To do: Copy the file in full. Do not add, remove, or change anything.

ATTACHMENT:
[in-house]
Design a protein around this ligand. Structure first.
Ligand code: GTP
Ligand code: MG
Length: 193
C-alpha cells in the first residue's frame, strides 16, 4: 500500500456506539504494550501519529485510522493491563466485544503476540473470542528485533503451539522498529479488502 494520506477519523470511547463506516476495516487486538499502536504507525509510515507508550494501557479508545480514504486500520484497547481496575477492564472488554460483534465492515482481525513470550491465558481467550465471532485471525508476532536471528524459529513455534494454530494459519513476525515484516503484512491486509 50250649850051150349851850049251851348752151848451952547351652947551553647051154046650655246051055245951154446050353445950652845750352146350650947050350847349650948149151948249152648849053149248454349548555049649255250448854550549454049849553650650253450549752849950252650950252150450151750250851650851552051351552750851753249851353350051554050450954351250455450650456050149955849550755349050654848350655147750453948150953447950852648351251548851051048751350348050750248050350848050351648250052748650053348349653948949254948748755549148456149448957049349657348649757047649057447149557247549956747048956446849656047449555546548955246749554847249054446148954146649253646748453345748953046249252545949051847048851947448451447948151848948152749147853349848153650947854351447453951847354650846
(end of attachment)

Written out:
[in-house]
Design a protein around this ligand. Structure first.
Ligand code: GTP
Ligand code: MG
Length: 193
C-alpha cells in the first residue's frame, strides 16, 4: 500500500456506539504494550501519529485510522493491563466485544503476540473470542528485533503451539522498529479488502 494520506477519523470511547463506516476495516487486538499502536504507525509510515507508550494501557479508545480514504486500520484497547481496575477492564472488554460483534465492515482481525513470550491465558481467550465471532485471525508476532536471528524459529513455534494454530494459519513476525515484516503484512491486509 50250649850051150349851850049251851348752151848451952547351652947551553647051154046650655246051055245951154446050353445950652845750352146350650947050350847349650948149151948249152648849053149248454349548555049649255250448854550549454049849553650650253450549752849950252650950252150450151750250851650851552051351552750851753249851353350051554050450954351250455450650456050149955849550755349050654848350655147750453948150953447950852648351251548851051048751350348050750248050350848050351648250052748650053348349653948949254948748755549148456149448957049349657348649757047649057447149557247549956747048956446849656047449555546548955246749554847249054446148954146649253646748453345748953046249252545949051847048851947448451447948151848948152749147853349848153650947854351447453951847354650846